Krishna didn't spend a dime for any of that, and according to the stylist Anderson, Krishna may just set a trend with this new 'do.
"Oh, oh yeah," Krishna says sarcastically. "That's me."
Mayfield, a junior at Grandview High School, is at the front door a few minutes before 6, Krishna's corsage and his own boutonniere in hand.
Mayfield has no idea he's the first guy to ever ring the doorbell at Krishna's Harrison Street home to take her out. It's silent as he and his father wait for Krishna to come down the stairs.
"What up!" Krishna yells, breaking the awkwardness in the room. She comes down the stairs in a bright red strapless dress with a sash over her broad shoulders. Anderson was right. Her creation -- an "up" hairstyle with bangs flowing to the left and twisties in the back -- is stunning.
One last bit of motherly care: The back of Krishna's dress doesn't have a hook. Kathleen grabs a safety pin, and after much finagling, it holds the dress in place. Kathleen can finally breathe. Whether Krishna can is another matter.
"It's amazing," Kathleen says as Krishna heads for her car. "She's wearing a dress. And she's wearing it pretty well, too."
As her daughter left for one of her last memorable moments as a high school student, Kathleen went upstairs to her bedroom, sat in her comfy chair and cried. She thought about the transformation that had occurred, how beautiful Krishna looked after hurling a discus with her hair tied back.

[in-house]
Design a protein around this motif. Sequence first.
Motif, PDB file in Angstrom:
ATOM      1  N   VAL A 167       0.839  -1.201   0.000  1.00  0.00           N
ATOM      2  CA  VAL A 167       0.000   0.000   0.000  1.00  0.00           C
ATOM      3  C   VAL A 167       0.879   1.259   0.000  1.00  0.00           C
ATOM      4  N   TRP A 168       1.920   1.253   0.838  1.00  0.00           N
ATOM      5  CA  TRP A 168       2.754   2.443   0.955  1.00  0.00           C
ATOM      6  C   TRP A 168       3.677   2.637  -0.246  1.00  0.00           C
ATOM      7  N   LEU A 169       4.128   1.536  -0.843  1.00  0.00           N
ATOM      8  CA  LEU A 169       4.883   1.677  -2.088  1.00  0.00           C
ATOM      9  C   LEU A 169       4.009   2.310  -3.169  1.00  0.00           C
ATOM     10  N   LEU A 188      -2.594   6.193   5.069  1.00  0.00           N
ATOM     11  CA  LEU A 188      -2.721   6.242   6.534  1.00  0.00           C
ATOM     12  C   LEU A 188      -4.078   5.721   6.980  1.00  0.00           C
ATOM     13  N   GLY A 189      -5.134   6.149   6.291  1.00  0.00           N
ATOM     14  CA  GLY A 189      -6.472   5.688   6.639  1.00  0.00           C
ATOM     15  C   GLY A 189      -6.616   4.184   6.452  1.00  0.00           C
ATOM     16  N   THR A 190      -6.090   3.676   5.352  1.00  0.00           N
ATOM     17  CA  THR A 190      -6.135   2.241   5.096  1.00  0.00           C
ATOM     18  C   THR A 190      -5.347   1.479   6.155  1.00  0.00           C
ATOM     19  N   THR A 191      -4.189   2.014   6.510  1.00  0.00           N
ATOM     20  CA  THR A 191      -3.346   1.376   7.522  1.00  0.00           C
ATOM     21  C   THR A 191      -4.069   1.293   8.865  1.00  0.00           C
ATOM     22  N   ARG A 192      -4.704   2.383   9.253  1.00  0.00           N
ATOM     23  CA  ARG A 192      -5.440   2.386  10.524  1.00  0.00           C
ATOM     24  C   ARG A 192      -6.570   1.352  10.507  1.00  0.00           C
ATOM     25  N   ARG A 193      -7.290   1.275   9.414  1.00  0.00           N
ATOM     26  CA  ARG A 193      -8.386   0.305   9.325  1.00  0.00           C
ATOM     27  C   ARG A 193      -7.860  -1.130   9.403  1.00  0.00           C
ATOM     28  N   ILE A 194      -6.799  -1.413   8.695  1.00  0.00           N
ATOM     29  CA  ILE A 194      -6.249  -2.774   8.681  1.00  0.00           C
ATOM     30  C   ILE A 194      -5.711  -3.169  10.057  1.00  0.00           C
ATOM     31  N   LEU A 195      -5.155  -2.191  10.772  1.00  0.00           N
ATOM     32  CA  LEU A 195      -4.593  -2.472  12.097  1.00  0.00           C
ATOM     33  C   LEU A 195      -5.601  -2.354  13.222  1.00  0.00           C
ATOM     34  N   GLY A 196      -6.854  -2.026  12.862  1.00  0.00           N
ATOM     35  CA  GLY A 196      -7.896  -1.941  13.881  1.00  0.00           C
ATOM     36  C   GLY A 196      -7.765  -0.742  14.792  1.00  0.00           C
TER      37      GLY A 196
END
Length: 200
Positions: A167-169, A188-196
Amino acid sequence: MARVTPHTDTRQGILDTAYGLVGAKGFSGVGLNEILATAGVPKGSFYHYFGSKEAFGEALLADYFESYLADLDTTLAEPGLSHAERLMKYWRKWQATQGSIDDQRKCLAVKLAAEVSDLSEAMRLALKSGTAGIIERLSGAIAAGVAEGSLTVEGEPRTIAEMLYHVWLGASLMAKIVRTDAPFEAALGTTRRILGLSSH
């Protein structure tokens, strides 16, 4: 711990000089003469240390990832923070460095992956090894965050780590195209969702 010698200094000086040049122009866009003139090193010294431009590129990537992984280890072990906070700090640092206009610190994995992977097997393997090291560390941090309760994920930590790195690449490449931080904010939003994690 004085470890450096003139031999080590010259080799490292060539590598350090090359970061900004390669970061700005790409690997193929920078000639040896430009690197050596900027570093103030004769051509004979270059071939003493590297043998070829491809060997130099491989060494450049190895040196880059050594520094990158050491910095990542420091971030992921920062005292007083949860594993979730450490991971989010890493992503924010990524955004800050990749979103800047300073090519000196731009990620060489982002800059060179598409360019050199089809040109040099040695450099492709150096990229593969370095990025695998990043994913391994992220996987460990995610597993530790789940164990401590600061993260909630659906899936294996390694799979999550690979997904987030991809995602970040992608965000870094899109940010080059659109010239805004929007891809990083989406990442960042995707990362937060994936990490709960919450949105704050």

The term fashionably late definitely applies as Krishna and Miles pull up next to a Lee's Summit country home at 6:50 p.m. Luckily, nobody seems to care once they see Krishna.
"Baby, you look good!" one boy says. "You look good."
"Gorgeous," says a girlfriend.
There are six couples, and when they congregate in the living room, it's a cacophony of oooohs, ahhhs and awwws. The girls' dresses almost cover the colors of the rainbow. The eight mothers are in their element, taking pictures from every angle.
"Girls," Krishna says, "just keep those eyes moving."
If Kathleen could see Krishna now, mixing with all the other couples, she would be the embarrassing mother. She would shed those tears.
"Krishna," a mother says, "cute hair!"
Krishna smiles back. If there's one thing Krishna didn't have to learn for this night, it's her smile.
It's 8:30, and the prom dinner is over. The Courtyard Marriott Grand Ballroom in Blue Springs is rocking to Rednex's "Cotton Eye Joe." A boy dances in the middle of about 50 kids. "He does this at every dance," a girl says, laughing.
What happened next was no surprise. "Yeah!" by Usher, Lil' Jon and Ludacris blared through the speakers, the bass beat calling Krishna to the dance floor.
She mixes it up with her friends. Her arms are spread out and her body is low like she's about to throw a discus. She used that same balance hours later. She walks like an Egyptian, to the humor of her classmates, and then she starts digging their graves in rhythm with the beat.
They laugh together, realizing the sweetest thing of all. The night has only just begun.